Thousands of years after this astute observation, cyber warfare continues the tradition in more ways than Sun Tzu could have imagined…
According to a cyber-threat report by Microsoft, on 23 February 2022, , we entered a new age of hybrid war, where hours before missiles were launched and tanks rolled across borders, Russian actors had already launched a massive destructive cyber-attack against Ukraine’s government, technology, and financial sector targets.
On a broader scale, this trend has implications across the entire cybersecurity landscape, which can be categorized into five areas: general cyber-landscape trends, state-sponsored threats; devices and infrastructure; cyber resilience, cyber influence ops.
Following are some notable takeaways from the report, created from the technology giant’s massive ecosystem of researchers and corporate partners during the period 1 July 2021 through 30 June 2022:
- General state of the cybersecurity landscape
- Human-operated ransomware was the most prevalent cybersecurity threat, as one-third of targets were successfully compromised by criminals using these attacks, including 5% of ransom victims.
- Industrialization of the cybercrime economy had lowered the skill barrier to entry by providing greater access to tools and infrastructure. Presumably, this had led to ransomware and extortion threats becoming more audacious during the period of study, with attackers targeting governments, businesses, and critical infrastructure.
- Multifactor authentication, quick and timely application of tested security patches, and Zero Trust principles, were identified as the most effective defense against ransomware.
- A rise in hacktivism has been observed, comprising disruptions caused by private citizens conducting cyber-attacks to further social or political goals. Thousands of individuals around the world, both experts and novices, have mobilized since February 2022 to launch attacks such as disabling websites and leaking stolen data as part of the Russia-Ukraine war.
- It is too soon to predict whether this trend will continue after the end of active hostilities.
- State-sponsored threats
- Supply chains were a key gateway for cybercriminals to gain access to their main target(s). Exploitation of unpatched system vulnerabilities is another key offensive.
- Critical infrastructure particularly in the IT, financial services, transportation systems and communications sectors were increasingly being targeted.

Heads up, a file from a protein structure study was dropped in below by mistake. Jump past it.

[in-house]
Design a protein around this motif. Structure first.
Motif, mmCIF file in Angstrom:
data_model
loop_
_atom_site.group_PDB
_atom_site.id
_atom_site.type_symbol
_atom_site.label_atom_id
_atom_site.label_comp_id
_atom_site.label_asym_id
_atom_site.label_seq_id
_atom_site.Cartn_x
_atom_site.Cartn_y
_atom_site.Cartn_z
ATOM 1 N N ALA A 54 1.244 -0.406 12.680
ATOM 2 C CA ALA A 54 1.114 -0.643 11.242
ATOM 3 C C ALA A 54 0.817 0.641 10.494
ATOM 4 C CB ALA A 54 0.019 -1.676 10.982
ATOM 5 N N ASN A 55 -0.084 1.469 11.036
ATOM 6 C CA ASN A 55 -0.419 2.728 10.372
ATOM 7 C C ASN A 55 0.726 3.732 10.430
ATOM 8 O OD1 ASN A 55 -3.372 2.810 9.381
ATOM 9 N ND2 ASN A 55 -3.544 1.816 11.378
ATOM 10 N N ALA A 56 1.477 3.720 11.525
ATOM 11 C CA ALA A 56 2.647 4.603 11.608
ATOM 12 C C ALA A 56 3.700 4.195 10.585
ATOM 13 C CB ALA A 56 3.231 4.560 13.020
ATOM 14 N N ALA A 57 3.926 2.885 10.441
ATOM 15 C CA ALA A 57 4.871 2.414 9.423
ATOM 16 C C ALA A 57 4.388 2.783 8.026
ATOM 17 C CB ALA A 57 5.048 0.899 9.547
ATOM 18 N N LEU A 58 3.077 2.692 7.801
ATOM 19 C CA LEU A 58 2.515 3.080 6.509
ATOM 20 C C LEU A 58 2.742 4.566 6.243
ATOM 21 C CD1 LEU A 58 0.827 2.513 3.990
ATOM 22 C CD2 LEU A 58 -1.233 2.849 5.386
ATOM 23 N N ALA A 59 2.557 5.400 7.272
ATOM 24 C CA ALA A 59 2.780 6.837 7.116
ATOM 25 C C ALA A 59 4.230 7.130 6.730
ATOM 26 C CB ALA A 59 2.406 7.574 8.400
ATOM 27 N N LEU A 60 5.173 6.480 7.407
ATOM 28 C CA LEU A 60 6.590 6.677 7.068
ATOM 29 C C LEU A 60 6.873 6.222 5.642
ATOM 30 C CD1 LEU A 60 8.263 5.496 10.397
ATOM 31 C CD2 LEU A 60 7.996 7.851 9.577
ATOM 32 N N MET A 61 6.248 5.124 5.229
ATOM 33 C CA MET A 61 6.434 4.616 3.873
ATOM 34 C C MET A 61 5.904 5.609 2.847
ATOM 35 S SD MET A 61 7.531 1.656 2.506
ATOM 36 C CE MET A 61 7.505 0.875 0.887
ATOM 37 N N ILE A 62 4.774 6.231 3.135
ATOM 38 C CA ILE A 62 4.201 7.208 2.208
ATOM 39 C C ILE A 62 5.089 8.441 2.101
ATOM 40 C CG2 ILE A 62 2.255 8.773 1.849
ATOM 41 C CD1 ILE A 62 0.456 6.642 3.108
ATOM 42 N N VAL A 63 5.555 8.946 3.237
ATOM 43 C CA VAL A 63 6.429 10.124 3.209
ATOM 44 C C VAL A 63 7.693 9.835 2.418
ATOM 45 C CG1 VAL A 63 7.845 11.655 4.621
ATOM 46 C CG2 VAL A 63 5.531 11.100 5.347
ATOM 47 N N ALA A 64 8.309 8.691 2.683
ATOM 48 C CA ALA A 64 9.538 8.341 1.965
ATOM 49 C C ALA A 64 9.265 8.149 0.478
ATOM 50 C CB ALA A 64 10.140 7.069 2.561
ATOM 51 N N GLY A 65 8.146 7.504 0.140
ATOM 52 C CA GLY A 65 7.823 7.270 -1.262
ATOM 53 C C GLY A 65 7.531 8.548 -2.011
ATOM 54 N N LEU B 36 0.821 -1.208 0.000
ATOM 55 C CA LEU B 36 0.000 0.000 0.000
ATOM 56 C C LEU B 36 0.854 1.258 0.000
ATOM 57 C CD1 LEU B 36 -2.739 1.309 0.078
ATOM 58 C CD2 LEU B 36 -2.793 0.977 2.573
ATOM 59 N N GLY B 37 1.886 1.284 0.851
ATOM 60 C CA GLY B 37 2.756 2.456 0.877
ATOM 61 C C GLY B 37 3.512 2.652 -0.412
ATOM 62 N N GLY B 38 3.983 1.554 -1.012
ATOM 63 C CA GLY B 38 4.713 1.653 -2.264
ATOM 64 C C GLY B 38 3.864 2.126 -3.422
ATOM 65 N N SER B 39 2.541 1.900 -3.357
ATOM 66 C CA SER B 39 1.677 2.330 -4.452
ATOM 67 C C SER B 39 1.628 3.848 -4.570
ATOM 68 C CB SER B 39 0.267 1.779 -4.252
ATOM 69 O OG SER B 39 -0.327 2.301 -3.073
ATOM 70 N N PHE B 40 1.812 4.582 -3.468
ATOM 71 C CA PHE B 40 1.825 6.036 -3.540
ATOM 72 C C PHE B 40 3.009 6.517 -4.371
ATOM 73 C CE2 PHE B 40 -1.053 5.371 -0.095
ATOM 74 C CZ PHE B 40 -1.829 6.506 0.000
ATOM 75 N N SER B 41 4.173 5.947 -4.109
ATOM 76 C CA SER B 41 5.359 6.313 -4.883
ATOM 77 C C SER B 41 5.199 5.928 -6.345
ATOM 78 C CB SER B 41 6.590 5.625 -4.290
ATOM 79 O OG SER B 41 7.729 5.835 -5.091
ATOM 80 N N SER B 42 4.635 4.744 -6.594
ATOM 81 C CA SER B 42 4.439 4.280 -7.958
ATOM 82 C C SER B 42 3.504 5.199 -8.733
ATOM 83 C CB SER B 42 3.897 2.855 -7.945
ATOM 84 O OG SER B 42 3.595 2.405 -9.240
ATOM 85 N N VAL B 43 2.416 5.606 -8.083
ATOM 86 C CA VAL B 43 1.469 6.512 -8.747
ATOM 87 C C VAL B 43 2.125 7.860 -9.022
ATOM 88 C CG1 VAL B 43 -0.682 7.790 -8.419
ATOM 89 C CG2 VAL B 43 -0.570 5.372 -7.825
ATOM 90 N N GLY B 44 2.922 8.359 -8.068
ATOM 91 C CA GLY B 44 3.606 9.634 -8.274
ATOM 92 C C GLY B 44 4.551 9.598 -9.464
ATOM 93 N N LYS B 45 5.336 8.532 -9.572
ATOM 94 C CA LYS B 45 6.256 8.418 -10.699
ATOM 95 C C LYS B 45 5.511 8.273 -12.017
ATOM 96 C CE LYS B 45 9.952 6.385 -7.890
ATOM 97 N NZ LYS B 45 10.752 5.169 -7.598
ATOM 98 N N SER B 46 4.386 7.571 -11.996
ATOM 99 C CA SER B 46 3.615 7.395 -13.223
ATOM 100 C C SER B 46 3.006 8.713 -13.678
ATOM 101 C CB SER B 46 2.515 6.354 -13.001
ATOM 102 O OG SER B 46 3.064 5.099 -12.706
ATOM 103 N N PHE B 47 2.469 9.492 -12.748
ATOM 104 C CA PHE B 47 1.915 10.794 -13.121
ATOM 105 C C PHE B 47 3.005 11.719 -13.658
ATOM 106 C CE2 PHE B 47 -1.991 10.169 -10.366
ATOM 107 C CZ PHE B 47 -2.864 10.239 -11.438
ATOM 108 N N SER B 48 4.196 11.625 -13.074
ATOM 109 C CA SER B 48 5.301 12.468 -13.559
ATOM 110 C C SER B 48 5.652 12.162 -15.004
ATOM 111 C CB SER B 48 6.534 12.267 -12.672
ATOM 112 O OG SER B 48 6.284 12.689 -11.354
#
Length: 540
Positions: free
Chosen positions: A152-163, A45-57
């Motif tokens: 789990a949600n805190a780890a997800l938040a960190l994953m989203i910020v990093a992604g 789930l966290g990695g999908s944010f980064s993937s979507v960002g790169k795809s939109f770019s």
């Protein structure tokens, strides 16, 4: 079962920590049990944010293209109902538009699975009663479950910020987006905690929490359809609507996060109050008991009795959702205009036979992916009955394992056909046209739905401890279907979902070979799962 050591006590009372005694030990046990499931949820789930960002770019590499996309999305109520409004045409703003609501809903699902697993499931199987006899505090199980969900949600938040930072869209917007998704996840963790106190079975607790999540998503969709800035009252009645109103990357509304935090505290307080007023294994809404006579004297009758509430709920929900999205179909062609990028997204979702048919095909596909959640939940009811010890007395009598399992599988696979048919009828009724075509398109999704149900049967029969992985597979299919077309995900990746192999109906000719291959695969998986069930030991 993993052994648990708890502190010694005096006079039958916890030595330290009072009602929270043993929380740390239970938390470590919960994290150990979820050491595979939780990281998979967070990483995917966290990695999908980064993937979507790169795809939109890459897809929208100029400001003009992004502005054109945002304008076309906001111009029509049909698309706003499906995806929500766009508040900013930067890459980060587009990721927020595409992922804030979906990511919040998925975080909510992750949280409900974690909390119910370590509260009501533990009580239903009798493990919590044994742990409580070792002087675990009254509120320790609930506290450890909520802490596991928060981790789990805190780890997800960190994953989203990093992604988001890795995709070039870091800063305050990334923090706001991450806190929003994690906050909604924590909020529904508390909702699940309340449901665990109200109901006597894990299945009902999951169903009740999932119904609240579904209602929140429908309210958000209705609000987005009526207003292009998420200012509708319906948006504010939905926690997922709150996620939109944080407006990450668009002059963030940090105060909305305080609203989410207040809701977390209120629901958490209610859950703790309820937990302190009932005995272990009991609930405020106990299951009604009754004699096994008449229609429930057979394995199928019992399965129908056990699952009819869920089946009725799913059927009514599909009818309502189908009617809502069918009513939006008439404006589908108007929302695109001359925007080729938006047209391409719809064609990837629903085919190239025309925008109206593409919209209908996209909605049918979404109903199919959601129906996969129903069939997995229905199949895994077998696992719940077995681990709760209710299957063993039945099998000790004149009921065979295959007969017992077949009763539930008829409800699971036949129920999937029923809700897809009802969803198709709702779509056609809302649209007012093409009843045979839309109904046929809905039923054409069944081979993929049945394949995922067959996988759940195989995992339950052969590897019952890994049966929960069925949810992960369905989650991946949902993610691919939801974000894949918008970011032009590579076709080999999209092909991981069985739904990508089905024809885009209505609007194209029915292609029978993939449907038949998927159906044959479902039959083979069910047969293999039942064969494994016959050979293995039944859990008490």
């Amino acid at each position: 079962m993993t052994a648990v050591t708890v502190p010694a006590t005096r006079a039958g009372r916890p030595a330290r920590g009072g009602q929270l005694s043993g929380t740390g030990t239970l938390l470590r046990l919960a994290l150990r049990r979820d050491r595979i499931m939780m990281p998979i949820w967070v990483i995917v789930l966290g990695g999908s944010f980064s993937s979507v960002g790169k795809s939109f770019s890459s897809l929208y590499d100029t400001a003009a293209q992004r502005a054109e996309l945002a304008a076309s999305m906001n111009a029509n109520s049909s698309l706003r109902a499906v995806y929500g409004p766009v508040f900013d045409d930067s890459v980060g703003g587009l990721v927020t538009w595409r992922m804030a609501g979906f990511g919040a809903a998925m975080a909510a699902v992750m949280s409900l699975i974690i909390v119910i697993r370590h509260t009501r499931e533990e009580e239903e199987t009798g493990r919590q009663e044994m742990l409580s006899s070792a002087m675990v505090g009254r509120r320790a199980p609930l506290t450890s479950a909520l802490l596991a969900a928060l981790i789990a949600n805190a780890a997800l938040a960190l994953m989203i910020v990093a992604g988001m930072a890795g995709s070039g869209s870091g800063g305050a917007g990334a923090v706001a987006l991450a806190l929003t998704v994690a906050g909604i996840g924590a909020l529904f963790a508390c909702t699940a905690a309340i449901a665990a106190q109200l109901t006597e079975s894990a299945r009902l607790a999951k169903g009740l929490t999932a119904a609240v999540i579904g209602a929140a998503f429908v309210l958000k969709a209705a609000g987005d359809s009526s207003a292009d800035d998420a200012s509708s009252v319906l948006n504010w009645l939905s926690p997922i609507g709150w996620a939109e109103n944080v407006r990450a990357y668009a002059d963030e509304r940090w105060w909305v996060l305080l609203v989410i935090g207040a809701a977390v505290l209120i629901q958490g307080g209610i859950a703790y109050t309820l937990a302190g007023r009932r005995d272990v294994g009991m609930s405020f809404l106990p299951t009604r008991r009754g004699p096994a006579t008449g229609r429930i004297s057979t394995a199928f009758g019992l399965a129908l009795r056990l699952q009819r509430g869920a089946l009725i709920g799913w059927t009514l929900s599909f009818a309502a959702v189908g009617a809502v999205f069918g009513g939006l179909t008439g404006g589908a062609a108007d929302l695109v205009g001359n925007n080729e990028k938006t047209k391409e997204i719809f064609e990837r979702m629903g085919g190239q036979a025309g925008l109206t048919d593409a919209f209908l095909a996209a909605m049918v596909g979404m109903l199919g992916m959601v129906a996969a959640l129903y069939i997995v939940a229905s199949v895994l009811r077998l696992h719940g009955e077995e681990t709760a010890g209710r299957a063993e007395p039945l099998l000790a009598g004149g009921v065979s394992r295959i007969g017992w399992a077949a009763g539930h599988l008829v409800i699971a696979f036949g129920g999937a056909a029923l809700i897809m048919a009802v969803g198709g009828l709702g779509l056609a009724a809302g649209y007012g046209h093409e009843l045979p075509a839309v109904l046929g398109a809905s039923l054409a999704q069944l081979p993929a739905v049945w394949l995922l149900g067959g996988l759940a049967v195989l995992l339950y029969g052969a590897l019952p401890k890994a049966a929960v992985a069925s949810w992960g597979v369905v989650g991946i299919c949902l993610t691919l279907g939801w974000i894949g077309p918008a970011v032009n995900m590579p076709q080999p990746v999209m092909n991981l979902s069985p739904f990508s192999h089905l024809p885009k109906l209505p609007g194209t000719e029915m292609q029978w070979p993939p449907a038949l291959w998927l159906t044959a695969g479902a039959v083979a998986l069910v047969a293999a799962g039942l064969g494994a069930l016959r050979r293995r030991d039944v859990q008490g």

- China, Iran, North Korea and Russia were the prominent players identified in the report as funding or operating state-sponsored advanced persistent threats.
- There is a growing industry of private firms (call them cyber mercenaries or private sector offensive actors) that develop and sell tools, techniques, and services that enable their clients — often governments — to break into targeted installations. These entities often endanger dissidents, human rights defenders, journalists, civil society advocates, and other private citizens.
- Devices and infrastructure
- Malware-as-a-Service had moved into large scale operations against exposed IoT and Operational Technology in infrastructures, public utilities and corporate networks.
- Also notable: leveraging vulnerabilities in IoT device firmware. 32% of firmware images analyzed had at least 10 known critical vulnerabilities
- Attacks on remote management devices had increased five- fold in 2021.
- Governments worldwide were moving to protect critical infrastructure by improving IoT and OT security
- Cyber influence ops
- These activities were becoming increasingly sophisticated as more governments and nation states were using such ops to shape opinion, discredit adversaries, and promote discord.
- Russia, Iran, and China employed propaganda and influence campaigns throughout the COVID-19 pandemic, often as a strategic device to achieve broader political objectives.
- Russia’s invasion of Ukraine demonstrates cyber influence ops integrated with more traditional cyberattacks and kinetic military operations to maximize impact.
- ‘Synthetic media’ is becoming more prevalent: the proliferation of tools that facilitate easy creation and dissemination of highly realistic fake images, videos, and audio has led to this trend. Digital provenance technology that certifies media asset origin holds promise to combat misuse.
- To add to the challenge, private sector technology entities may unwittingly enable cyber influence campaigns. Enablers can include companies that register internet domains, host websites, promote material on social media and search sites, channel traffic, and help pay for these exercises through digital advertising. Organizations must be aware of the tools and methods employed by authoritarian regimes for cyber influence operations so they can detect and then prevent the spread of campaigns.
- There is a growing need to help consumers develop a more sophisticated ability to identify foreign influence operations and limit engagement with cyber influential narratives or content.
- Cyber resilience
- The soundness of an infrastructure’s basic security posture determines how effective advanced solutions will be.
- During the period of study, DDoS activity was unprecedented in volume, complexity and frequency.
- The vast majority of successful cyberattacks in the period of study were deemed to be preventable if basic security hygiene practices had been in place or properly practiced.
- Password-based attacks remained the main source of identity compromise. Strong authentication is needed, involving multiple authentication factors.
Uncannily, all the latest cyber trends and tactics — however rudimentary or sophisticated — still directly or indirectly revolve around the art of deception.
The report has noted how more than three-quarters of people surveyed worried about how information is being weaponized, whether inadvertently, semi-intentionally or maliciously, for “good” intentions or bad.